Demonstrators gather during a rally for U.S. detainee Alan Gross in Lafayette Square in Washington
Demonstrators gather during a rally for U.S. detainee Alan Gross in Lafayette Square in Washington Reuters

The Cuban foreign ministry has expressed concern over the health of jailed US contractor Alan Gross, who has launched a hunger strike after more than four years in the island prison.

The 64-year-old contractor from Maryland is serving a 15-year-old prison sentence for supplying illegal Internet equipment to the country's small Jewish community.

His family said that Gross, who is protesting against his treatment by both Havana and Washington and their failure to resolve the case, had already lost more than 45kg (100lb) since he was detained. His hunger strike have intensified the fears for his health.

The Cuban government said it is willing to negotiate a solution with the US government and that Gross has received medical attention. However, the case of the US contractor is perceived as a major hurdle in US-Cuban ties, which have started to improve in the past few years.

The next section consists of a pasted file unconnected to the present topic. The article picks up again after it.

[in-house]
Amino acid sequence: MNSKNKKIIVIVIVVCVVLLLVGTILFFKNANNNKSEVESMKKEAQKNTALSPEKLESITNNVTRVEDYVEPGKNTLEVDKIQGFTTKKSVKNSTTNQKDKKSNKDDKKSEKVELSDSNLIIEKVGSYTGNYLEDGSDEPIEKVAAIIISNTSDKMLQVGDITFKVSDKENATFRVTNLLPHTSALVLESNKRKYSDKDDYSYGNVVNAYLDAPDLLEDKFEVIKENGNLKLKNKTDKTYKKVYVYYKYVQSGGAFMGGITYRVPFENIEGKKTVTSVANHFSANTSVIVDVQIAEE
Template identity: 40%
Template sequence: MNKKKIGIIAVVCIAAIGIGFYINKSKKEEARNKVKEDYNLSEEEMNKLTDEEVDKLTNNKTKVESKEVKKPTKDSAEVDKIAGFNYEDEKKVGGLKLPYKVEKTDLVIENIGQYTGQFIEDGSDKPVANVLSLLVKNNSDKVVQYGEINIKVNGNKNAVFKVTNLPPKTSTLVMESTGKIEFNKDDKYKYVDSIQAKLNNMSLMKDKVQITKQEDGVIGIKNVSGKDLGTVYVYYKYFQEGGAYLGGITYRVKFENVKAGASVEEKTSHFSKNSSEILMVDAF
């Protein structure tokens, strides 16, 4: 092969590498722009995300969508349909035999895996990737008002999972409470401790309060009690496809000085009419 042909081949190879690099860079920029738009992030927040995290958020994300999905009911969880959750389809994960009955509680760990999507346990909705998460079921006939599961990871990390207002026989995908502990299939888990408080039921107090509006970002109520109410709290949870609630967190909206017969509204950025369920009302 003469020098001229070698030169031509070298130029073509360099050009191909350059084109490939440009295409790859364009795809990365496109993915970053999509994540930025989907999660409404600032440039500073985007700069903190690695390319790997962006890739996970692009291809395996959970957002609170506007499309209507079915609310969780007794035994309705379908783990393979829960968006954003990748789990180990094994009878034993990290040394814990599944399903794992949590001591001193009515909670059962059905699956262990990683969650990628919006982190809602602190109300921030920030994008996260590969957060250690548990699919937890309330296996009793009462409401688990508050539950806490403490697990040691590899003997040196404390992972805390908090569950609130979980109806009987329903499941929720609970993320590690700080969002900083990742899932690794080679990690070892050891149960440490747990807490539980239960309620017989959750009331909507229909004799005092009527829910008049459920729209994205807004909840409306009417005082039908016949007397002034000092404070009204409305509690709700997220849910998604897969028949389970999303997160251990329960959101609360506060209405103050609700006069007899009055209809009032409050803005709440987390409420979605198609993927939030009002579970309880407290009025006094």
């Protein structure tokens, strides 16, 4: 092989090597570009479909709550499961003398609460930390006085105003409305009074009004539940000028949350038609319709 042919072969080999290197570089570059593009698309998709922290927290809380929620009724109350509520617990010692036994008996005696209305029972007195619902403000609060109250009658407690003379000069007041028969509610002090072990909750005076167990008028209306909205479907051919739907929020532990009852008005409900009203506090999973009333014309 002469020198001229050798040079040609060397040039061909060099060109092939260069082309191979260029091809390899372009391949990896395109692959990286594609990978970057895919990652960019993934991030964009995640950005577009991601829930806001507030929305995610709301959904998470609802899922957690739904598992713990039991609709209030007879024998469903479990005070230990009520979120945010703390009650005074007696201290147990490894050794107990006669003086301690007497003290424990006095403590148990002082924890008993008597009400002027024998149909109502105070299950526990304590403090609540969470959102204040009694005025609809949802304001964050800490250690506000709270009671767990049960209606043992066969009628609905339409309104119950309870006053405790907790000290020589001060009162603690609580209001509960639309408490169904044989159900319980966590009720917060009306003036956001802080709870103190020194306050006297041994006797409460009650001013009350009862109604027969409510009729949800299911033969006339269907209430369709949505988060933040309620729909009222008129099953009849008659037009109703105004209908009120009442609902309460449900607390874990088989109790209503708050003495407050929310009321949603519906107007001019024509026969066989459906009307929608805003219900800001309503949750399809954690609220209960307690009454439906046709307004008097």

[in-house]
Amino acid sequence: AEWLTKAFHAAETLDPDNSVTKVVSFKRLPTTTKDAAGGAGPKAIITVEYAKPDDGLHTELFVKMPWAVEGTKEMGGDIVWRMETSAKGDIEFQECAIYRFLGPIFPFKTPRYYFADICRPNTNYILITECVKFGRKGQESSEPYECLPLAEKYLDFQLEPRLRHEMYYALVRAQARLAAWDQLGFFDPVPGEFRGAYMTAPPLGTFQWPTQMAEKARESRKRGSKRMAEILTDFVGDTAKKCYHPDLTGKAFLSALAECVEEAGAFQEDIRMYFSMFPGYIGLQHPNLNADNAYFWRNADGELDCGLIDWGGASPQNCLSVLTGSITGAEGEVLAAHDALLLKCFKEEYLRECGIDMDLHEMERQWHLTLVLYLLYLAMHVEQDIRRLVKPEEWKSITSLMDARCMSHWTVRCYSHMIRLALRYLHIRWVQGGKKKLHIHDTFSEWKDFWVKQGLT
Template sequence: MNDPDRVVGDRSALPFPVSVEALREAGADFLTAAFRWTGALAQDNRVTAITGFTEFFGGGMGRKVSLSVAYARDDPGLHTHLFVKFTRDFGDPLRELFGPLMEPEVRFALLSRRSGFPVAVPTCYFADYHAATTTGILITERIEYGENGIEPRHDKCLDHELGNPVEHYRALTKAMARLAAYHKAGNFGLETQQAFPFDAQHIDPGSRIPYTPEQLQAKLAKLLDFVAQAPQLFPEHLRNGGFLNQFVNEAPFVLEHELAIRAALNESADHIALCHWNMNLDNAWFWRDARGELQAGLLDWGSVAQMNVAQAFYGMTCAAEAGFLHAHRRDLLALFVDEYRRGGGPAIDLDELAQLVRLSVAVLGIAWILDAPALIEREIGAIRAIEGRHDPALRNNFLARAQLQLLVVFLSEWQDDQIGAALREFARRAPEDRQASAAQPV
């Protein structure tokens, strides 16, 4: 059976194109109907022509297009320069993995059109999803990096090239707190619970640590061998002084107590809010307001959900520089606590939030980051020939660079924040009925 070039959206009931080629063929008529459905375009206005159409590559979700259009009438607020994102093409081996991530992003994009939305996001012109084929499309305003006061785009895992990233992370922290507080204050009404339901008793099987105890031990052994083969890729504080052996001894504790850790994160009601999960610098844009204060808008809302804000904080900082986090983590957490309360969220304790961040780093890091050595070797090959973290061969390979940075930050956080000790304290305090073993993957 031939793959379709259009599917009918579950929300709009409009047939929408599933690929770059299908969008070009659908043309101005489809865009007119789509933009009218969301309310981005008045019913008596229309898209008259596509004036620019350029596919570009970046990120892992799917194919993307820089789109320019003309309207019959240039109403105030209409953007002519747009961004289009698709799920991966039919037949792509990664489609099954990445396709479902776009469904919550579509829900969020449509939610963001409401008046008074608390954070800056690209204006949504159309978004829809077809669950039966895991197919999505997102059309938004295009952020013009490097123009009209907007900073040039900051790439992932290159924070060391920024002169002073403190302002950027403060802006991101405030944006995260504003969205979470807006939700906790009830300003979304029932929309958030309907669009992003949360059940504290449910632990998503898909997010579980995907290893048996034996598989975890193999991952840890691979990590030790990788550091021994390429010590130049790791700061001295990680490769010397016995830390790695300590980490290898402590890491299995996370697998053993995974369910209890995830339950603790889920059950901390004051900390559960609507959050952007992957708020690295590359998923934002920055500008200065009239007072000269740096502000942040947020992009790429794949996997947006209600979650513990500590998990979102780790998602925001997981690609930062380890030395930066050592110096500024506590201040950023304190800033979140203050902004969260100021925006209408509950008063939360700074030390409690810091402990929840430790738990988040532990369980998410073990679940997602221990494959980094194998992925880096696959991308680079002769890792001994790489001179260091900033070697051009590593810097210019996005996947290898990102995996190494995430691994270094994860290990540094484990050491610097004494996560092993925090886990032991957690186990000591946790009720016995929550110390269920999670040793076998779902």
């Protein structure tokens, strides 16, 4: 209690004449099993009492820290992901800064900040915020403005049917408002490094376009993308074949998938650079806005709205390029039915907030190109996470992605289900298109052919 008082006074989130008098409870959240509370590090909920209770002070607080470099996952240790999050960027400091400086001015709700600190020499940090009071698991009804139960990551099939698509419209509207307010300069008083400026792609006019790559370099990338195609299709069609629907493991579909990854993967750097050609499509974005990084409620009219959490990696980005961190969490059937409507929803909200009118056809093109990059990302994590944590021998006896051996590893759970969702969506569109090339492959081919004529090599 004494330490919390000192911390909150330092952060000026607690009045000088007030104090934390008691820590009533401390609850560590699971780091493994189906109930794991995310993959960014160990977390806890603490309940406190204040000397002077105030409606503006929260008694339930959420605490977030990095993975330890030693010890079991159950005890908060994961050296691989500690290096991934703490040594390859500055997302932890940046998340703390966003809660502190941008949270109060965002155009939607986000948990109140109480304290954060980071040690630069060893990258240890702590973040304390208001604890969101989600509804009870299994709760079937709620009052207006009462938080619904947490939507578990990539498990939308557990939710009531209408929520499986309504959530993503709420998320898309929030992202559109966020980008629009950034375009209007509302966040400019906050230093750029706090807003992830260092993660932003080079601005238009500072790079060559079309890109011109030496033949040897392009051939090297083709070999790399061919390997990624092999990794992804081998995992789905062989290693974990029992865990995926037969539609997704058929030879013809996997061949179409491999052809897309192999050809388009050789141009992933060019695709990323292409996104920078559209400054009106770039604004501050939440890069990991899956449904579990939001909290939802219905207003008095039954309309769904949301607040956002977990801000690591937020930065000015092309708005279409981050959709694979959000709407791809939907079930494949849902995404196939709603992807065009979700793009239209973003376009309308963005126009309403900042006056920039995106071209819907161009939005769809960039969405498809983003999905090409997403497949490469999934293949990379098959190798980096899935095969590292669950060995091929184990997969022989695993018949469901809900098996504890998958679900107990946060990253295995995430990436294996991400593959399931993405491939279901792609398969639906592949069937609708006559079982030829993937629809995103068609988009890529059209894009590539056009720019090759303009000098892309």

In a statement released by his lawyer, Gross said he is protesting "mistruths, deceptions, and inaction by both governments, not only regarding their shared responsibility for my arbitrary detention, but also because of the lack of any reasonable or valid effort to resolve this shameful ordeal".

Gross started the hunger strike as an AP investigation revealed that the US government aid agency USAID created a Twitter-style social network that was used in a bid to circumvent censorship and undermine the communist regime in Cuba.

The ZunZuneo project - slang for a Cuban hummingbird's tweet - lasted more than two years and attracted tens of thousands of subscribers.

According to information obtained by AP, the US government planned to build a subscriber base through "non-controversial content" then introduce political content when it had reached a critical mass in an attempt to trigger a possible 'Cuban spring'.

ZunZuneo was introduced shortly after the arrest of Alan Gross in 2009.